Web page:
24. “Lukundoo” by Edward Lucas White

Having a skin disorder is upsetting enough, but having a skin disorder where small furious men burst out of your pores? That's an entirely new level of deeply upsetting, and I say that as a fan of Dr. Pimple Popper. 

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25. “Don’t Look Now” by Daphne du Maurier

The author perhaps best known for the novel Rebecca creates another gothic nightmare that will, in turn, enthrall you and leave you utterly terrified. 

26. “He’ll Come Knocking at Your Door” by Robert R. McCammon

This short story takes a while to really crank up the fear juice, but once it's flowing there's no stopping it. Did I mention that it happens to take place on Halloween? Because it totally does. 

27. "Sticks” by Karl Edward Wagner

If you loved HBO's first season of True Detective, then you need to check this story about. The "sticks" in question actually served as a major source of inspiration for the crime that is the show's center. The story is perhaps even more frightening. 

28. "The Babysitter” by Robert Coover

This story got me good — a serious case of the chills! It tells the story of a woman who works as a babysitter... through the eyes of the men who watch her, and fantasize about her. Is there anything scarier than an obsession? 

29. “The Landlady” by Roald Dahl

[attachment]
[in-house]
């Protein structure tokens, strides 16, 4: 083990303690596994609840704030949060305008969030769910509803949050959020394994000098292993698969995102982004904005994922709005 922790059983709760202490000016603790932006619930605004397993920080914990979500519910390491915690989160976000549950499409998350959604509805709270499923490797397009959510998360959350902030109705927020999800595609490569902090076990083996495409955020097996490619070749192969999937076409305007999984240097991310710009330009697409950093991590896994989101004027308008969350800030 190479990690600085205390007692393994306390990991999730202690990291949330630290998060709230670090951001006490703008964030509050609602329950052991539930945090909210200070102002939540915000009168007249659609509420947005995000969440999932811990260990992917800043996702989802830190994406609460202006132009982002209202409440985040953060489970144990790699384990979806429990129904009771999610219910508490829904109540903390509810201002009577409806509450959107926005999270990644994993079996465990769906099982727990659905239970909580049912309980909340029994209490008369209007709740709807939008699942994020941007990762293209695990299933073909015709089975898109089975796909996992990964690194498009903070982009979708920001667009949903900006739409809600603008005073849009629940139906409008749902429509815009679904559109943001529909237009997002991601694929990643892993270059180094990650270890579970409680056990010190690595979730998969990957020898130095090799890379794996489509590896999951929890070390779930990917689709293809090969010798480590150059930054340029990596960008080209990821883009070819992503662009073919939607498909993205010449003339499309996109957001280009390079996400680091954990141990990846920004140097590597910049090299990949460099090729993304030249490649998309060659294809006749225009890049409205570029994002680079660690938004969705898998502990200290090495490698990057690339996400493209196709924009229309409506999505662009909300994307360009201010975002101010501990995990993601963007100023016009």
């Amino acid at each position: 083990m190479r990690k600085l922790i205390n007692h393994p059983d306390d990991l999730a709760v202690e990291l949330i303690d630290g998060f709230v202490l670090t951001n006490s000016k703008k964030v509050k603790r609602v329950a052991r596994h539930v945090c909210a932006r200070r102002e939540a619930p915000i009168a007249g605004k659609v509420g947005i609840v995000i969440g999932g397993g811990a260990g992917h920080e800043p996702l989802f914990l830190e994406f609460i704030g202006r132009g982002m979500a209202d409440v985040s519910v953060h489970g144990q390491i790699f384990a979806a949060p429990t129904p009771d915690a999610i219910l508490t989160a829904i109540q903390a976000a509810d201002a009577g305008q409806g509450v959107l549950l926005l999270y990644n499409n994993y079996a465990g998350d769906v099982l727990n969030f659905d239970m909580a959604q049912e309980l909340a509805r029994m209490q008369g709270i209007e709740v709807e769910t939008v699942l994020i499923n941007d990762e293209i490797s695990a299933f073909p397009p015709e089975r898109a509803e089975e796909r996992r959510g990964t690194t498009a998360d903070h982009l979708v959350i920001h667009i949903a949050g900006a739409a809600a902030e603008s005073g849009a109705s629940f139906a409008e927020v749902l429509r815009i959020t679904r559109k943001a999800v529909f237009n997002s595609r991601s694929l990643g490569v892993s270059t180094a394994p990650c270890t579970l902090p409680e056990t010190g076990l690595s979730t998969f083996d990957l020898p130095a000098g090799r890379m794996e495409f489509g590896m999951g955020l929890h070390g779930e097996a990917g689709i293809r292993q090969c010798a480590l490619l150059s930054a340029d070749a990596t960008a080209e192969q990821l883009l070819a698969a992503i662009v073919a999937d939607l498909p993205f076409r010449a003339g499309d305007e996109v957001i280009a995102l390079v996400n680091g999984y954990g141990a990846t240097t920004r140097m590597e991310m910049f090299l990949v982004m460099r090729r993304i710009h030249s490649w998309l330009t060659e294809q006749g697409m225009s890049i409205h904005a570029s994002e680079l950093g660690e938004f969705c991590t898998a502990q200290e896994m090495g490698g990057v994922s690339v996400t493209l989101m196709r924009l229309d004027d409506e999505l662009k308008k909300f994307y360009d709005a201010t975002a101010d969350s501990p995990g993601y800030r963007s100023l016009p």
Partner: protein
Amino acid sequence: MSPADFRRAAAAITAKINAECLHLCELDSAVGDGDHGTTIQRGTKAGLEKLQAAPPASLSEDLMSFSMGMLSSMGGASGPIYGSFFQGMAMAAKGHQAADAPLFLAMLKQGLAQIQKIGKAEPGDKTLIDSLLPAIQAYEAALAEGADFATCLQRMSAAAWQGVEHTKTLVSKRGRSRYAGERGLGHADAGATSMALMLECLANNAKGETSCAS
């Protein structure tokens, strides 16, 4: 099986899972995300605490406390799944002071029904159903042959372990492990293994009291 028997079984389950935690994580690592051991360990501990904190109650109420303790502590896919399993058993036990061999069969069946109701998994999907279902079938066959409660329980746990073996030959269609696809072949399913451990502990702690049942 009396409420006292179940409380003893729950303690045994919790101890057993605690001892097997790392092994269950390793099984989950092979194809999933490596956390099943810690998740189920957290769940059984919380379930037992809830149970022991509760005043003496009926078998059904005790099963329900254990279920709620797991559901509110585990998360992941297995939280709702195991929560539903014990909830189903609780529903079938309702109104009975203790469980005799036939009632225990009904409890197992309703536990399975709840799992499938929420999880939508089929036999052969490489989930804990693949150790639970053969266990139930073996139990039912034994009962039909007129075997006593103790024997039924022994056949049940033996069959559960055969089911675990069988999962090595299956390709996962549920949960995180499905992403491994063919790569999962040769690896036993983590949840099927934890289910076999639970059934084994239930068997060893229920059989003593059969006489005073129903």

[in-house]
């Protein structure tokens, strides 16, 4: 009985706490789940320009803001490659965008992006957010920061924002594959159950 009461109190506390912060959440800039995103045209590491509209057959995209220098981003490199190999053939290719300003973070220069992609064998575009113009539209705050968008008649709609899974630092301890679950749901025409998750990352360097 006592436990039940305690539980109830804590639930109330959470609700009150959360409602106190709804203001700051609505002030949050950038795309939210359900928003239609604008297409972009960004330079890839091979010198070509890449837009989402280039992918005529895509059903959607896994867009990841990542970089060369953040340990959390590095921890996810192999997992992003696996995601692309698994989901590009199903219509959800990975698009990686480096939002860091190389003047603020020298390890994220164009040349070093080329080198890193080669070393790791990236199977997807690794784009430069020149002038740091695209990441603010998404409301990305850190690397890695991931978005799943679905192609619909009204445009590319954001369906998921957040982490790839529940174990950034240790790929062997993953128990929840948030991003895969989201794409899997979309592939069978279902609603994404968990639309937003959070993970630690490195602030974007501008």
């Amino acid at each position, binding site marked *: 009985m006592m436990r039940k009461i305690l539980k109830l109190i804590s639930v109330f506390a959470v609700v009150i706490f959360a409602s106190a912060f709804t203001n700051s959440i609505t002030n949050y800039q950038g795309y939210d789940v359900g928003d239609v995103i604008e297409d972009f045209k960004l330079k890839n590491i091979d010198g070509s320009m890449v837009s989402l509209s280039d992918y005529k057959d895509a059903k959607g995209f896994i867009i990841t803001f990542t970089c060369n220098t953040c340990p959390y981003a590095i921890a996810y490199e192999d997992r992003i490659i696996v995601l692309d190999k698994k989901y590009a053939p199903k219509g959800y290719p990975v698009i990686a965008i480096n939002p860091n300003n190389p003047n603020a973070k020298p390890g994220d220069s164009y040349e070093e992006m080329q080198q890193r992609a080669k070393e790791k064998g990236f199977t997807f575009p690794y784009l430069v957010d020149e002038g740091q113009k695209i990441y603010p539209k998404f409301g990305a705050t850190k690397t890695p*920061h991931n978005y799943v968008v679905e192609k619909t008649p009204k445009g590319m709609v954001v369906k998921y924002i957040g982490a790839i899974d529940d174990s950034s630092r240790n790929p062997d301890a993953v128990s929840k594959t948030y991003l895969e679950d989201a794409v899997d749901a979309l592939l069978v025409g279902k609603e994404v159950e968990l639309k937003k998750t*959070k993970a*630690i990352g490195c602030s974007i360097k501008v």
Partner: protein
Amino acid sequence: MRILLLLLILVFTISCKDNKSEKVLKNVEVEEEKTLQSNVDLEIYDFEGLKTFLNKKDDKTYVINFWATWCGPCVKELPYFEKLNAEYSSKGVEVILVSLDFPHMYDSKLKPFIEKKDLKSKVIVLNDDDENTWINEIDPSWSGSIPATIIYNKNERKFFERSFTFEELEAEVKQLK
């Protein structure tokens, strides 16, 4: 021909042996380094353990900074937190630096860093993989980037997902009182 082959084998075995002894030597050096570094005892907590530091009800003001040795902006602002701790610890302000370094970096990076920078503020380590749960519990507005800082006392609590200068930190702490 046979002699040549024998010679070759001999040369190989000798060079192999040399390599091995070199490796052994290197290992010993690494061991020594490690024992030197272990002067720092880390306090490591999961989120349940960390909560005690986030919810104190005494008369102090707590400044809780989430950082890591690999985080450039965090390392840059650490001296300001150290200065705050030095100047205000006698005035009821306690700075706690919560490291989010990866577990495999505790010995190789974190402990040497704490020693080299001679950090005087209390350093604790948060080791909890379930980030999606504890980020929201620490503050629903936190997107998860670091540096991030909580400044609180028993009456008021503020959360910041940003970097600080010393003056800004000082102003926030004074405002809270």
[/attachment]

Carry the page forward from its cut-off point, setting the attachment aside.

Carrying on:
Dahl didn't just write stuff for kids, oh no. In fact, some of his best work was horror stories for adults. In this tale, the tenant of a new apartment learns that his landlady has a horrifying hobby: taxidermy — and not just the usual kind either. 

30. "The Echo of Neighborly Bones” by Daniel Woodrell

The first line of this story is all you need to inspire you to keep going: “Once Boshell finally killed his neighbor, he couldn’t seem to quit killing him.”

31. “Caterpillars” by E.F. Benson

The perfect horror story creeps into your subconscious and preys on your deepest fears, no matter how strange they might seem to others. In this story, the fear exploited is the fear of bugs. I literally can't type more about it without shuddering. 

32. “Le Horla” by Guy de Maupassant

The author of this story was hospitalized for total insanity... weeks after he finished writing this story about a world that is coming completely off the hinges. Will it drive you to madness too? 

33. “Miriam” by Truman Capote

When you think horror, you probably don't think of Capote, but you might want to rethink that. This is a tale about a child who is more than she seems. She's well-dressed, well-spoken and well-near the scariest thing you've ever read. 

34. “The Pelican Bar” by Karen Joy Fowler

What sets this scary story apart from the pack is the fact that it is based on actual events. A young woman is sent to a reform school where no speaking is allowed... and other students start to disappear. 

35. “The Bloody Chamber” by Angela Carter

Carter's beautiful adaptation of the popular Bluebeard will have you thinking twice about marriage. A young bride learns secrets about her husband that lead her to believe that her life may be in danger. 

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Rebecca Jane Stokes is a writer living in Brooklyn, New York with her cat, Batman. Her work focuses on relationships, pop culture and news. For more of her work, check out her Tumblr.